Facebook Exec: Teenagers "consented" to Installing Spyware on their Phones

Facebook's chief operating officer has commented publicly on the recent TechCrunch report that Facebook was “paying teens to install VPN that spies on them.”

The report brought questions of ethics relating to privacy and access to data to the forefront.

Now, Facebook’s chief operating officer, Sheryl Sandberg has responded to the story and subsequent scandal, saying that the teens in question had “consented” to their data being accessed by Facebook in the terms of service, and in return for financial gain paid for by Facebook.

Journalist Josh Constine reported that “Desperate for data on its competitors, Facebook has been secretly paying people to install a ‘Facebook Research’ VPN that lets the company suck in all of a user’s phone and web activity, similar to Facebook’s Onavo Protect app that Apple banned in June and that was removed in August.”

When the report surfaced earlier this week, Apple blocked Facebook’s ‘Research VPN’, “revoking the Enterprise Certificate that allows Facebook to distribute the Research app without going through the App Store,” according to TechCrunch.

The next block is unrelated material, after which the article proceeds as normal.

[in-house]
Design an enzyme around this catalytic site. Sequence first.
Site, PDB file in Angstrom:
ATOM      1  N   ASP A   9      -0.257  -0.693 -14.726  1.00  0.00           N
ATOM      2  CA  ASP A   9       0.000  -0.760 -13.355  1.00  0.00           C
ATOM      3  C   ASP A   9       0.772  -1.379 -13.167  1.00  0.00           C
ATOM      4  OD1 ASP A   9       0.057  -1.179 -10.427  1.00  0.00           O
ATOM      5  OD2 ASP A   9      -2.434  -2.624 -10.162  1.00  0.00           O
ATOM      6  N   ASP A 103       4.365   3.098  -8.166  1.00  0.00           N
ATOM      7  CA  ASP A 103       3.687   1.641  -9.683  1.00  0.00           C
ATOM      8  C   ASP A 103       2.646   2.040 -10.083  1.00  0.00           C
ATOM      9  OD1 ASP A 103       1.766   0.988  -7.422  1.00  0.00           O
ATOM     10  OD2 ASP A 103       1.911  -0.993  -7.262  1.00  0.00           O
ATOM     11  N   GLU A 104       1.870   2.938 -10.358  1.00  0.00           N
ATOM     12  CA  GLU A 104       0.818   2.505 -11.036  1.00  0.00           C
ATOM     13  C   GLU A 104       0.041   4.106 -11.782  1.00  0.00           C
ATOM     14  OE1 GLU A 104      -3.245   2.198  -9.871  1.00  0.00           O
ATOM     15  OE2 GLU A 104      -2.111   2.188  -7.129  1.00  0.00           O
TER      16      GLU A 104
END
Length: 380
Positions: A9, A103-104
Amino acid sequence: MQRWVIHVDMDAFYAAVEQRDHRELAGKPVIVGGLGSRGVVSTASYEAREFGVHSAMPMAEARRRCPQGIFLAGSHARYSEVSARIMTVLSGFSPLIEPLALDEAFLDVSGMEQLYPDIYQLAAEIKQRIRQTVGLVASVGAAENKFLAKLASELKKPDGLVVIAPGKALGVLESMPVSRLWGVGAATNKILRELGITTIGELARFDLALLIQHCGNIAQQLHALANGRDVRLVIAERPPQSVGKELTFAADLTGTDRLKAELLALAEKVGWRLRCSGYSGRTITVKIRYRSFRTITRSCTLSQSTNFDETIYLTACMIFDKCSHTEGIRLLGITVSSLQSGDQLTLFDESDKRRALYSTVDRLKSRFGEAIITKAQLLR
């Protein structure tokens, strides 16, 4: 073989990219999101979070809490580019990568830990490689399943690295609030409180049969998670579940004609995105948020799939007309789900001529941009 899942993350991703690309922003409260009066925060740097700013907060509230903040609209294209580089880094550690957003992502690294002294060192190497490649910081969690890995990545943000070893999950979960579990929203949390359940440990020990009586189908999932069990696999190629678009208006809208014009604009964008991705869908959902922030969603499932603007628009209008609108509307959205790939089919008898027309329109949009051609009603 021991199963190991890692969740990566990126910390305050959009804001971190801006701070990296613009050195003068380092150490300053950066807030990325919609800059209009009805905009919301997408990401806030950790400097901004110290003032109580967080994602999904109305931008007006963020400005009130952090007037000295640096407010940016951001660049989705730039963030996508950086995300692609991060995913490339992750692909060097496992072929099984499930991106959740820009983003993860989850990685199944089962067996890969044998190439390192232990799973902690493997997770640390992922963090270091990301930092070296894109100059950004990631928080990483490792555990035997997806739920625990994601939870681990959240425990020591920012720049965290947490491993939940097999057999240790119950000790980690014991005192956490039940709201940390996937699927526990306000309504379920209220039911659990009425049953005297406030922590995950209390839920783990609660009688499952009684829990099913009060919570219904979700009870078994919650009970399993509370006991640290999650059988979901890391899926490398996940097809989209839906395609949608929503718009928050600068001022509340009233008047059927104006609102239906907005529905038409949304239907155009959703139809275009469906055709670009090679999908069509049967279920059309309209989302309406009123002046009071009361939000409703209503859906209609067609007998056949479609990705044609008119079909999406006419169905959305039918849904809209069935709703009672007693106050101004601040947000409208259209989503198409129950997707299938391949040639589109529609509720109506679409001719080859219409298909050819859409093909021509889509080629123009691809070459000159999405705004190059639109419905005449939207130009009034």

“This not only breaks the Research app, but all of Facebook’s internal-use employee apps for collaboration and logistics too” according to reporter Josh Constine.

Facebook COO Sandberg told CNBC’s Julia Boorstin that she “want[ed] to be clear what this is,” she said.

“This is a Facebook Research app. It’s very clear to the people who participated. It’s completely opt-in. There is a rigorous consent flow and people are compensated. It’s a market research program.”

“Now, that said, we know we have to work to do to make sure people’s data is protected… It’s your information. You put it on Facebook, you need to know what is happening.”

“In this case, the people who chose to participate in this program did.” She said.

It is alleged that “Facebook sidesteps the App Store and rewards teenagers and adults to download the Research App and give it root access to network traffic in what may be a violation of Apple policy, so the social network can decrypt and analyse their phone activity, a Tech Crunch investigation confirms.”

The installation of the research app is said to give Facebook access to private messages, browsing history and in-app messages on any device the app is installed on.

TechCrunch reported that “Since 2016, Facebook ahs been paying users ages 13 to 35 up to $20 per month, plus referral fees to sell their privacy by installing the iOS or Android ‘Facebook Research’ app.”

Sheryl Sandberg also alluded to the fact that Facebook “definitely have work to do” but concluded that “we’ve done it”, which some remain sceptical of.

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